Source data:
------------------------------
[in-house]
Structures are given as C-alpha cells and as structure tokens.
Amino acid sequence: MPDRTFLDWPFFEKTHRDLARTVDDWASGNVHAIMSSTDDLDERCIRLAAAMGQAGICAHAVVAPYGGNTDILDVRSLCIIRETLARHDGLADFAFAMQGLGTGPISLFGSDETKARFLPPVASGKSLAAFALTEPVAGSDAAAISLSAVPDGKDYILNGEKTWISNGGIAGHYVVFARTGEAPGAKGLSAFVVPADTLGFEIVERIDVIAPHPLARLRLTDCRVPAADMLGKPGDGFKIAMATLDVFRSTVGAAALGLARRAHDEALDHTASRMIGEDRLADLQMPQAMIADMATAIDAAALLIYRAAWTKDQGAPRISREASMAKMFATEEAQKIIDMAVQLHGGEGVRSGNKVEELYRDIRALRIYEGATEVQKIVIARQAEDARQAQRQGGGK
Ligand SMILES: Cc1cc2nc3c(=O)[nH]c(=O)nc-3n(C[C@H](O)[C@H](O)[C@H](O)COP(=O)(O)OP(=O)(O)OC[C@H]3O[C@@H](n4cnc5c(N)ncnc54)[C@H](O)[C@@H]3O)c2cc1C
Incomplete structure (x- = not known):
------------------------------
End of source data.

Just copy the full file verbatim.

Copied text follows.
[in-house]
Structures are given as C-alpha cells and as structure tokens.
Amino acid sequence: MPDRTFLDWPFFEKTHRDLARTVDDWASGNVHAIMSSTDDLDERCIRLAAAMGQAGICAHAVVAPYGGNTDILDVRSLCIIRETLARHDGLADFAFAMQGLGTGPISLFGSDETKARFLPPVASGKSLAAFALTEPVAGSDAAAISLSAVPDGKDYILNGEKTWISNGGIAGHYVVFARTGEAPGAKGLSAFVVPADTLGFEIVERIDVIAPHPLARLRLTDCRVPAADMLGKPGDGFKIAMATLDVFRSTVGAAALGLARRAHDEALDHTASRMIGEDRLADLQMPQAMIADMATAIDAAALLIYRAAWTKDQGAPRISREASMAKMFATEEAQKIIDMAVQLHGGEGVRSGNKVEELYRDIRALRIYEGATEVQKIVIARQAEDARQAQRQGGGK
Ligand SMILES: Cc1cc2nc3c(=O)[nH]c(=O)nc-3n(C[C@H](O)[C@H](O)[C@H](O)COP(=O)(O)OP(=O)(O)OC[C@H]3O[C@@H](n4cnc5c(N)ncnc54)[C@H](O)[C@@H]3O)c2cc1C
Incomplete structure (x- = not known):